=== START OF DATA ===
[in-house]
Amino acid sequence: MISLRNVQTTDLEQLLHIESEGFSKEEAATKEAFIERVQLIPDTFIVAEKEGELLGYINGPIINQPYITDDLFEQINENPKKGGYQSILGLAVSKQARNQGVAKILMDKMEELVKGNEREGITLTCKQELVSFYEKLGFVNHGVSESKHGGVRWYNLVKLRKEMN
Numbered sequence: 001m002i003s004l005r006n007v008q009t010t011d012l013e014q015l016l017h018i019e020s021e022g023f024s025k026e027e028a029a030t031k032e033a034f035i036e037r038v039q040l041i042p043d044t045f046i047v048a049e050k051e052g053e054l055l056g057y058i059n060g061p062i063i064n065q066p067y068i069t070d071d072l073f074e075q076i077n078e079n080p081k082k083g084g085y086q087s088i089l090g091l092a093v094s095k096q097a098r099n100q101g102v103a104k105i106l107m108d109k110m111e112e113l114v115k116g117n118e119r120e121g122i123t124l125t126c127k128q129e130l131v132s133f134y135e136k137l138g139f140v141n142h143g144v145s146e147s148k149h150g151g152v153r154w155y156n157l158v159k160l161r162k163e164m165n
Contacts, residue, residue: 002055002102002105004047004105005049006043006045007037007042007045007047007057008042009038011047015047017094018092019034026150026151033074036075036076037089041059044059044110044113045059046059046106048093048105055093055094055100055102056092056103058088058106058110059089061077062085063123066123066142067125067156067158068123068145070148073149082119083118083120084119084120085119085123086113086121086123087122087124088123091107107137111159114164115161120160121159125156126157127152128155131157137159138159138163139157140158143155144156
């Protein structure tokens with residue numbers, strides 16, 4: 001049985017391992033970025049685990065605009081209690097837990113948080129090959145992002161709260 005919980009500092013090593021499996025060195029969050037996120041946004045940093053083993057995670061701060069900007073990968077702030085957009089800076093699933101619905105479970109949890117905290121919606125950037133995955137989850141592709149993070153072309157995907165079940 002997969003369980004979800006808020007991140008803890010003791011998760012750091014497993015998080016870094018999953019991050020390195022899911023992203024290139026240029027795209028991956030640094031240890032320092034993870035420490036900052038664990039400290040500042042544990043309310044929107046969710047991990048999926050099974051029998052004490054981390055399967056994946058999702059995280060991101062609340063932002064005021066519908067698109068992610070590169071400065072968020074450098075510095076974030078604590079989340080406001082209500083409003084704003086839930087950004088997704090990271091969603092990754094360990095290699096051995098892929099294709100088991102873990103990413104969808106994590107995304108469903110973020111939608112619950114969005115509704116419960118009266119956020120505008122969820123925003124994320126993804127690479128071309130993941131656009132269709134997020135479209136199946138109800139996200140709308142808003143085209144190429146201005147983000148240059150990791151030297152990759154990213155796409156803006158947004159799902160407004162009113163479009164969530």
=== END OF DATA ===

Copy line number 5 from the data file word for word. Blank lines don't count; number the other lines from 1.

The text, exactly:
């Protein structure tokens with residue numbers, strides 16, 4: 001049985017391992033970025049685990065605009081209690097837990113948080129090959145992002161709260 005919980009500092013090593021499996025060195029969050037996120041946004045940093053083993057995670061701060069900007073990968077702030085957009089800076093699933101619905105479970109949890117905290121919606125950037133995955137989850141592709149993070153072309157995907165079940 002997969003369980004979800006808020007991140008803890010003791011998760012750091014497993015998080016870094018999953019991050020390195022899911023992203024290139026240029027795209028991956030640094031240890032320092034993870035420490036900052038664990039400290040500042042544990043309310044929107046969710047991990048999926050099974051029998052004490054981390055399967056994946058999702059995280060991101062609340063932002064005021066519908067698109068992610070590169071400065072968020074450098075510095076974030078604590079989340080406001082209500083409003084704003086839930087950004088997704090990271091969603092990754094360990095290699096051995098892929099294709100088991102873990103990413104969808106994590107995304108469903110973020111939608112619950114969005115509704116419960118009266119956020120505008122969820123925003124994320126993804127690479128071309130993941131656009132269709134997020135479209136199946138109800139996200140709308142808003143085209144190429146201005147983000148240059150990791151030297152990759154990213155796409156803006158947004159799902160407004162009113163479009164969530």